Mr. Cope’s Cave: Do You Know Who I Am!

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What is that really saying?… Do you know who I am? 

Oh, there are circumstances, I suppose, when it’s an innocent enough question. Excuse me, sir, but I have amnesia and can’t remember my name. Do you happen to know who I am?

Or at the 50-year class reunion, with that grandmother who was your frog-dissecting partner in old Mr. Beeker’s sophomore biology class, but haven’t seen since graduation. No fair looking at the nametag, now. Do you know who I am?

But that’s not how we usually hear it, is it? The usual way we hear “Do you know who I am?” is when someone who considers themselves to be quite the somebody—an eminence so grand that the receiver of the question sure as hell should know who he, or she, is.

Furthermore, that grand eminence wouldn’t be saying it if he (or she) wasn’t in a situation where he (or she) didn’t feel he (or she) was getting the proper respect, the proper deference, perhaps the proper acquiescence or submission from another individual.

By some accounts, the line was the first thing out of Larry Craig’s mouth when he got caught by a vice cop soliciting companionship in an airport men’s room. And I have a friend—a Republican friend, I should add—who says he witnessed at close range Jim Risch, when told he had to pay for the gas he needed inside the convenience store because of the late hour, demanded of the poor clerk over the intercom, “Do you know who I am?” (And that was before he had even become an accidental governor for a few months, or a do-nothing senator for six years.)

The question—which I think we should always consider a rhetorical one, as it’s hardly ever asked without the implication that whoever is being asked it isn’t worth waiting for an answer from—made news twice last week. Maybe you didn’t hear the one about George Zimmerman (the man-sized slug who murdered Trayvon Martin and got away with it) saying the line to a workmate in an argument that included a threat from Zimmerman to kill the other guy. But surely you heard about Sarah Palin saying it during what sounded like a Hatfields/McCoys outbreak up in Wasilla. And Sarah’s incident, during which her cheesiness was on vivid display, came in the same week she made an ass out of herself yet again in a statement—unsolicited by anyone, that I’m aware of—in which she, in a nut shell, suggested that the world would be so much better off if the McCain/Palin administration was dealing with current international crises instead of you-know-who.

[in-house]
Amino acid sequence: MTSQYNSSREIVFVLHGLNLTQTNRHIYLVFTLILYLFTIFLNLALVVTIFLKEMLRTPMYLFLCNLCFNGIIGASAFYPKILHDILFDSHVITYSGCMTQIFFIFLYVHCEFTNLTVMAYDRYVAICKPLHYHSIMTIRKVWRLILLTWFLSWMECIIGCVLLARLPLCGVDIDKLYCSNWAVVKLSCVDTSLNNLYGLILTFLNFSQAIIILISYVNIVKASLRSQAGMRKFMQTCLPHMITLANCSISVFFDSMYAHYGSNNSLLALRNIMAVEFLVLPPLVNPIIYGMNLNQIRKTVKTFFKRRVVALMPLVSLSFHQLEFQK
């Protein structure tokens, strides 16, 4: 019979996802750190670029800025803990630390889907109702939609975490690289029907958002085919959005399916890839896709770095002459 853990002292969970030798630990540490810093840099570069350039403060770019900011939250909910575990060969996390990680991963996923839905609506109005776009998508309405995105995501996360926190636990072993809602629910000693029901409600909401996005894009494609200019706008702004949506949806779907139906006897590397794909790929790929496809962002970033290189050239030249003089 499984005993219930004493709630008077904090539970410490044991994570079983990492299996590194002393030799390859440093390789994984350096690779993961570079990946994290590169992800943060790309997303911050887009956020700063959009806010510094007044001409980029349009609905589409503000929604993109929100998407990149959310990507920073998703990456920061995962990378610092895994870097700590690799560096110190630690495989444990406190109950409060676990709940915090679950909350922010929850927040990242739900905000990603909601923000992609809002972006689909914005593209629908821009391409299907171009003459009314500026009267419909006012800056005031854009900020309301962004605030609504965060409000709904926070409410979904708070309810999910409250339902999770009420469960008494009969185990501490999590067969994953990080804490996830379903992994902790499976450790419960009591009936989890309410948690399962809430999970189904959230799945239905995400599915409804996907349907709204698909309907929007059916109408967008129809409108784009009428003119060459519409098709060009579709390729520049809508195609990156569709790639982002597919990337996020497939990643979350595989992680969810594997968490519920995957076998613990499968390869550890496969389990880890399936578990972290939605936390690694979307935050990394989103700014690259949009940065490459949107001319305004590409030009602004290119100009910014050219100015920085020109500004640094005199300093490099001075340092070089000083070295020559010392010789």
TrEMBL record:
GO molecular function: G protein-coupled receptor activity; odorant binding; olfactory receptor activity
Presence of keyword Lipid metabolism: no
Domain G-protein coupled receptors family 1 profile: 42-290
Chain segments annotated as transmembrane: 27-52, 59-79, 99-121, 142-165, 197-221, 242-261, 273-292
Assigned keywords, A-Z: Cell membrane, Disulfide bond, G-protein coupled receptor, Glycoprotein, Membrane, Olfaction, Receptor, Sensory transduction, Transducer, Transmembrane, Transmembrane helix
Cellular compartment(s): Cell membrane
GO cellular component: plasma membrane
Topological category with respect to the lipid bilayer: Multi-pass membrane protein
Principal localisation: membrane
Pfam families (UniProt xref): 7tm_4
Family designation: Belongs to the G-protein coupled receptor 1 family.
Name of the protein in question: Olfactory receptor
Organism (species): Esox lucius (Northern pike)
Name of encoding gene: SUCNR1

Yeah, right… Bobblehead and Bimbo take on the world.
I’m not surprised that Wasilla Sarah would say it. I suspect it’s not the first time. (A Palin spokesperson has claimed that’s not what she said. But when having to decide who is lying in a he-said/she-said dispute, I tend to go with the one who has the most to lose, and I can’t imagine Ms. Palin wanting her public image to fade any more than it already has.) Nor does it shock to hear that George Zimmerman is stupid enough to say it. He’ll probably be saying it for the rest of his grubby little life.

I also believe my friend about Risch saying it because he didn’t get the proper acknowledgement from some lowly clerk, and of course I believe the Minneapolis cop who was treated to Larry Craig’s rendition of it. But I hadn’t thought about Li’l Jimmy Risch using it for years, or Craig, either. Either of them saying “Do you know who I am?” seems as likely and natural as hearing a rooster crow.

It was the Palin/Zimmerman eruption that got me to considering what sort of an incredibly arrogant asshole would resort to an argument that relied solely on who they are—as in “I’m Sarah Palin, and that’s all you need to know, buster!”

And does it also not speak to an almost incomprehensible lack of character?… so often coming, as it does, from the sneering lips of those whose eminence has been established by questioning the character of others.